Tuesday, September 14, 2010

Accountable Kids

Moms, do you sometimes feel like you are constantly on top of your kids, reminding them to pick up this or clean up that?  It seems like that is my life.  I clean one room only to have it messed up again five minutes later.  I find shoes, trash, books, toys, silly bands, you name it, I find it making a path on my floor.  All of that can make for one frustrated Mama.  And you know that terrible saying, "If Mama's not happy, ain't nobody happy."  Well, sometimes that can be a sad truth in my house.  I get burned out.  I get tired of picking up after everyone.  Sometimes, Mama's not happy.    

SOOO, Hubby and I have been trying to figure out a way to teach our children how to be responsible without nagging them to get things done.  A few years ago at a home school conference, I came across this program called Accountable Kids.  

The basic concept of the AK program, as stated on the back of their book is, "a unique parenting program designed to teach accountability and responsibility in the home.  It is a back-to-basics system which includes essential parenting principles and concrete stepping stones that strengthen relationships and build a foundation for success. Children learn to balance choices and consequences in a fun, productive manner.  They experience the joy of being a vital, contributing member of the family and develop condfidence and self-worth.  The AK book and kit provide everything parents need to maximize efforts and bring structure and harmony into the home."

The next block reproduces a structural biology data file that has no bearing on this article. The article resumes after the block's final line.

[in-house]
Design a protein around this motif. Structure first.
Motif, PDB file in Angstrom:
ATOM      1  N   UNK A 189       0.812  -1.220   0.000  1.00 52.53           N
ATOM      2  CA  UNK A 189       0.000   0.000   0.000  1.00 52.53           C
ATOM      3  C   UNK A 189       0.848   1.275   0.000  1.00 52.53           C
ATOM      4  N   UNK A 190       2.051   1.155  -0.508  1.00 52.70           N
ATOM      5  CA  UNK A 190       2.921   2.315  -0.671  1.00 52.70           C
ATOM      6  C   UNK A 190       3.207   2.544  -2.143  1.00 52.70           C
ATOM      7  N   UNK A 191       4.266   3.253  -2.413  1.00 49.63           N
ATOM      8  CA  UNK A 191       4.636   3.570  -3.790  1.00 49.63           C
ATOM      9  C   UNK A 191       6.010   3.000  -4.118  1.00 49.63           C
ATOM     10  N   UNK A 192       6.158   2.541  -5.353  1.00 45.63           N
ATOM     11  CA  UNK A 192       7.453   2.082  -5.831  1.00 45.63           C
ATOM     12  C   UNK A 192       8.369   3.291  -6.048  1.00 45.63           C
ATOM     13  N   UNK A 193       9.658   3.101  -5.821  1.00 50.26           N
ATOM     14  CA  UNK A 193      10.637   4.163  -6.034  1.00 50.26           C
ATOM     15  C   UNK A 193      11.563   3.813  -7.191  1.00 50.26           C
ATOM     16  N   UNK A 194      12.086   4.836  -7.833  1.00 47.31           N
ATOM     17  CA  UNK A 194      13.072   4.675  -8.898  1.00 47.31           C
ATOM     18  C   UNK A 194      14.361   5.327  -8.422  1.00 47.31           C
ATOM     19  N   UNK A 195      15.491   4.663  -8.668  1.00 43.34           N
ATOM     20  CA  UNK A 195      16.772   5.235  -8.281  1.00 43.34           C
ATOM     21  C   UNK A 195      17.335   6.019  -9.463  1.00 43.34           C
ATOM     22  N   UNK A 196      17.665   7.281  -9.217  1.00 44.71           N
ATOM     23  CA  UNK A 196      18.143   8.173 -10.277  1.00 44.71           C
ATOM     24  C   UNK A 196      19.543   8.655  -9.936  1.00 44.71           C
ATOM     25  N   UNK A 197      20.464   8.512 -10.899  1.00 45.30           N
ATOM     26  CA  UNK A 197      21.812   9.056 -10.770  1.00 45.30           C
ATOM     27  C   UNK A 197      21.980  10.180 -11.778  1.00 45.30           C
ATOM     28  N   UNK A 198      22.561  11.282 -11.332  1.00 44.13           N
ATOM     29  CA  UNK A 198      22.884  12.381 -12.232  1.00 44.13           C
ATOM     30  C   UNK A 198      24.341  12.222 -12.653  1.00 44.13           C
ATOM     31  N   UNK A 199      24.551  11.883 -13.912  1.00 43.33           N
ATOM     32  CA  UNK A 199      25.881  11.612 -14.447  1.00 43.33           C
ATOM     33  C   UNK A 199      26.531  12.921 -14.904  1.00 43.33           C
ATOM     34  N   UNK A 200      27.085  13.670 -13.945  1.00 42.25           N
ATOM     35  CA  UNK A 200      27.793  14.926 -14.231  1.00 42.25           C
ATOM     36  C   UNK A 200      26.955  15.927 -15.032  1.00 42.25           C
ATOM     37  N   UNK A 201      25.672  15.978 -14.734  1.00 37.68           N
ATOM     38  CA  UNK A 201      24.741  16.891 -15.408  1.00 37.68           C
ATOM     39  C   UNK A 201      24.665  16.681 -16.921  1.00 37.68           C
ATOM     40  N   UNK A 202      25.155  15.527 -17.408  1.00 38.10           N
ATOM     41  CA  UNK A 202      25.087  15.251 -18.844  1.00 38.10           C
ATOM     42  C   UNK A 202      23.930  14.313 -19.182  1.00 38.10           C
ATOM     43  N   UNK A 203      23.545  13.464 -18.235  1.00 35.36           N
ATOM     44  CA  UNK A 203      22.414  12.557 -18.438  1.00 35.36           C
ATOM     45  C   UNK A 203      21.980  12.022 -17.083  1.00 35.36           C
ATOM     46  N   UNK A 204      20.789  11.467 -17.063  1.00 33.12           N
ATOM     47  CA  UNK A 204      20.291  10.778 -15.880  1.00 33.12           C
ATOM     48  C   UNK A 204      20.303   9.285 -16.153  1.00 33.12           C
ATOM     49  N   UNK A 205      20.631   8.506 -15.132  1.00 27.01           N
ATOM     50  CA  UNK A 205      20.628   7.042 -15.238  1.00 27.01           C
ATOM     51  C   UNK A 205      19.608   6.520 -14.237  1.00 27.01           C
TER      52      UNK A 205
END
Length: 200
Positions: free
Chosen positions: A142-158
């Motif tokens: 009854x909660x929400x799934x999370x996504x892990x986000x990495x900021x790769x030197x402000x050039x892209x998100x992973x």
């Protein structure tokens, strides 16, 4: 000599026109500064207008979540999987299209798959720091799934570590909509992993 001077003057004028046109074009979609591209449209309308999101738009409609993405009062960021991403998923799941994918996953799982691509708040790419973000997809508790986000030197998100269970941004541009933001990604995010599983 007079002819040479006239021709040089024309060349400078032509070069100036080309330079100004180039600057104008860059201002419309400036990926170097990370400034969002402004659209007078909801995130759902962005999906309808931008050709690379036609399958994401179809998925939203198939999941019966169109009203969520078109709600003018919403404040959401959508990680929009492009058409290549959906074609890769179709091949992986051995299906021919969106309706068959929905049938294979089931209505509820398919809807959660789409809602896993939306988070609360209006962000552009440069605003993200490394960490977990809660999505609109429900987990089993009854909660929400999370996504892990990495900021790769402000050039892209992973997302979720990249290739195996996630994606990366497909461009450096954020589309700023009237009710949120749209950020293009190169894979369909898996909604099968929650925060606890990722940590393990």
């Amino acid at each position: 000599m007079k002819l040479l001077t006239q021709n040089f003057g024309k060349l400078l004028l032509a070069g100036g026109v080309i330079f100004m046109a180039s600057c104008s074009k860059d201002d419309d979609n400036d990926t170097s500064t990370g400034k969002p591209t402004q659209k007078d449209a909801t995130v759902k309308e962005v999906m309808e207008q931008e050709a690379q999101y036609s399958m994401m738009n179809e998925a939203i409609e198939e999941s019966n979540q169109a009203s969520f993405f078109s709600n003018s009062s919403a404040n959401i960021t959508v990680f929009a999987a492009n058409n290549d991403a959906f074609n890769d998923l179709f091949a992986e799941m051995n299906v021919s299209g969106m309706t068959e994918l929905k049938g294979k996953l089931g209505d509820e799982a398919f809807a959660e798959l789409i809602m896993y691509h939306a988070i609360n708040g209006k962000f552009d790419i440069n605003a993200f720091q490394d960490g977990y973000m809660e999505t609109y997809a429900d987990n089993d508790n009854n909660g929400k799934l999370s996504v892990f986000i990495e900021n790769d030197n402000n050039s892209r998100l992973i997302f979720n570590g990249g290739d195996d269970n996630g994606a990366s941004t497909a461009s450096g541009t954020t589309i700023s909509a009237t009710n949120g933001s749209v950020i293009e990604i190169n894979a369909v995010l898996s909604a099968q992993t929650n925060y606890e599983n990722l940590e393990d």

It comes with all of the things you see in this picture.   

I like this method because our kids know exactly what's expected of them.  If they don't follow through with their chores and earn their ticket, they can't watch tv, play video games, or play with friends.  They are learning the difference between necessity and privilege.  Playing video games is a privilege that is earned.  My motto is, "If your work isn't done, you can't have fun."  When they don't take care of their responsibilities, their options are very limited for what they can do. They also enjoy earning their stars that lead up to a special date of their choice.  The rewards are earned at a good pace where the kids don't get discouraged because it's taking a month to earn something.  But, it's enough time that they are developing good behaviors and patterns.   

What chore/responsibility charts have been working for you?  How do you do incentives or rewards?  

Thanks for stopping by,


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